NJ to fine sports books asking players to cancel withdrawals

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Copyright 2018 The Associated Press. All rights reserved.

FILE In this Sept. 9, 2018 file photo, customers watch an NFL game in a sports betting lounge, in Atlantic City, N.J. New Jersey's top gambling regulator is threatening to fine sports books operating in his state that ask customers to cancel requests to cash out money from their accounts, saying the practice is ongoing and "unacceptable."(AP Photo/Wayne Parry, File)

ATLANTIC CITY, N.J. – New Jersey's top gambling regulator is threatening to fine sports books operating in his state that ask customers to cancel requests to cash out money from their accounts, saying the practice is ongoing and “unacceptable.”

In some cases, sports books have offered to give players cash bonuses if they cancel withdrawal requests, according to David Rebuck, director of the New Jersey Division of Gaming Enforcement.

In a letter posted Wednesday to the division's website, Rebuck did not name the sports books who have engaged in this practice, nor did he say how many complaints the division has received of such activity.

But he wrote that trying to talk customers out of withdrawing funds from their accounts violates numerous state rules.

“Patrons who request withdrawals have the right to receive their funds as expeditiously as possible," he wrote. "Operators should clearly understand that the Division will take regulatory action and impose civil penalties whenever patrons are improperly encouraged or incentivized to rescind their withdrawal requests for the purpose of resuming gaming activity.”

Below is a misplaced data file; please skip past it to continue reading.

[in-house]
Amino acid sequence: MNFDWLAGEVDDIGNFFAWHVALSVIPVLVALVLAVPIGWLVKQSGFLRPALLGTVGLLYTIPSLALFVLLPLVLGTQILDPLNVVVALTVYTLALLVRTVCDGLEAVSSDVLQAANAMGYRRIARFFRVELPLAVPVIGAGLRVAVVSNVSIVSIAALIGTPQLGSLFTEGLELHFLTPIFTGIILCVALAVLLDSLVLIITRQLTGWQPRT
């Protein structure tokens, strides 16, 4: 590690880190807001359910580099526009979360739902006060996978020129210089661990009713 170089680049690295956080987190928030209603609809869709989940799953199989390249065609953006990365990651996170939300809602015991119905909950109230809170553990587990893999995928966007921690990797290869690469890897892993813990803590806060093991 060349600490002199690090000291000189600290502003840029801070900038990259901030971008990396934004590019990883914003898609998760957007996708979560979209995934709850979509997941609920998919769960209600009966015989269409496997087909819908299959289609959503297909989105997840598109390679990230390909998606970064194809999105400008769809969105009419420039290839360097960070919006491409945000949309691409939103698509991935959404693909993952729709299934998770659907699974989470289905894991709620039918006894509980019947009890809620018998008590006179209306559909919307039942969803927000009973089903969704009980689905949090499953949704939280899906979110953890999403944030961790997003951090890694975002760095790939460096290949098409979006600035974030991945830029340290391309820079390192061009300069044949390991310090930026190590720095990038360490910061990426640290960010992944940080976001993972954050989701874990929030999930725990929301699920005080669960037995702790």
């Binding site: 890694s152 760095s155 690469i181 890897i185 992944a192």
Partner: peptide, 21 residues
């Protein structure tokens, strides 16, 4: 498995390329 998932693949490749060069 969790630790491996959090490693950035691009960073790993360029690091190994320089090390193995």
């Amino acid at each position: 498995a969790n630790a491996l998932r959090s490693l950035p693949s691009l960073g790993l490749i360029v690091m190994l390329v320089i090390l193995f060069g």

New Jersey has become the national leader in sports betting in the U.S., taking more than $6 billion worth of such wagers last year. In December, its casinos and horse tracks took nearly $1 billion in sports bets, setting the latest in a string of national records for the most money wagered on sports in a single month.

Its regulatory structure is considered to be among the most stringent in the nation, and has served as a model for numerous other states as they adopted their own sports betting legislation over the past three years.

Still, the head of the Stop Predatory Gambling organization on Friday accused the New Jersey attorney general's office, which oversees the DGE, of “moral hypocrisy” for launching high-profile litigation against the opioid industry, while treating sports books with much more leniency.